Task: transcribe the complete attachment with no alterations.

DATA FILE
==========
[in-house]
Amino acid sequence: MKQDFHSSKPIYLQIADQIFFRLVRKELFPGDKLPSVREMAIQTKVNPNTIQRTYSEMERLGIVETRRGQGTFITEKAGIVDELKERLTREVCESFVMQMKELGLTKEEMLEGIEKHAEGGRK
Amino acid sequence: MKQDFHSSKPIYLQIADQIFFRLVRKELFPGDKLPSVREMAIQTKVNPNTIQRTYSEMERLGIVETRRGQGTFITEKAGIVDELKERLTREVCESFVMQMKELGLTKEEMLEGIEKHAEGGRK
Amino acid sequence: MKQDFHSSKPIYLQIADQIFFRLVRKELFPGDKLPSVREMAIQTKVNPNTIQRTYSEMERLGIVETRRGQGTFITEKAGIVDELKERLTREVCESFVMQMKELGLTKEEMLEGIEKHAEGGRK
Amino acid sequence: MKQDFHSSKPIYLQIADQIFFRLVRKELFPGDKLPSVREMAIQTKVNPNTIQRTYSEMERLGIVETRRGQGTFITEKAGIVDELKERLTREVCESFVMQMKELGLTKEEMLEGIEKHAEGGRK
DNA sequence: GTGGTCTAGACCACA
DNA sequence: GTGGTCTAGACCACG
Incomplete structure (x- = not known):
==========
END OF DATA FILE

[in-house]
Amino acid sequence: MKQDFHSSKPIYLQIADQIFFRLVRKELFPGDKLPSVREMAIQTKVNPNTIQRTYSEMERLGIVETRRGQGTFITEKAGIVDELKERLTREVCESFVMQMKELGLTKEEMLEGIEKHAEGGRK
Amino acid sequence: MKQDFHSSKPIYLQIADQIFFRLVRKELFPGDKLPSVREMAIQTKVNPNTIQRTYSEMERLGIVETRRGQGTFITEKAGIVDELKERLTREVCESFVMQMKELGLTKEEMLEGIEKHAEGGRK
Amino acid sequence: MKQDFHSSKPIYLQIADQIFFRLVRKELFPGDKLPSVREMAIQTKVNPNTIQRTYSEMERLGIVETRRGQGTFITEKAGIVDELKERLTREVCESFVMQMKELGLTKEEMLEGIEKHAEGGRK
Amino acid sequence: MKQDFHSSKPIYLQIADQIFFRLVRKELFPGDKLPSVREMAIQTKVNPNTIQRTYSEMERLGIVETRRGQGTFITEKAGIVDELKERLTREVCESFVMQMKELGLTKEEMLEGIEKHAEGGRK
DNA sequence: GTGGTCTAGACCACA
DNA sequence: GTGGTCTAGACCACG
Incomplete structure (x- = not known):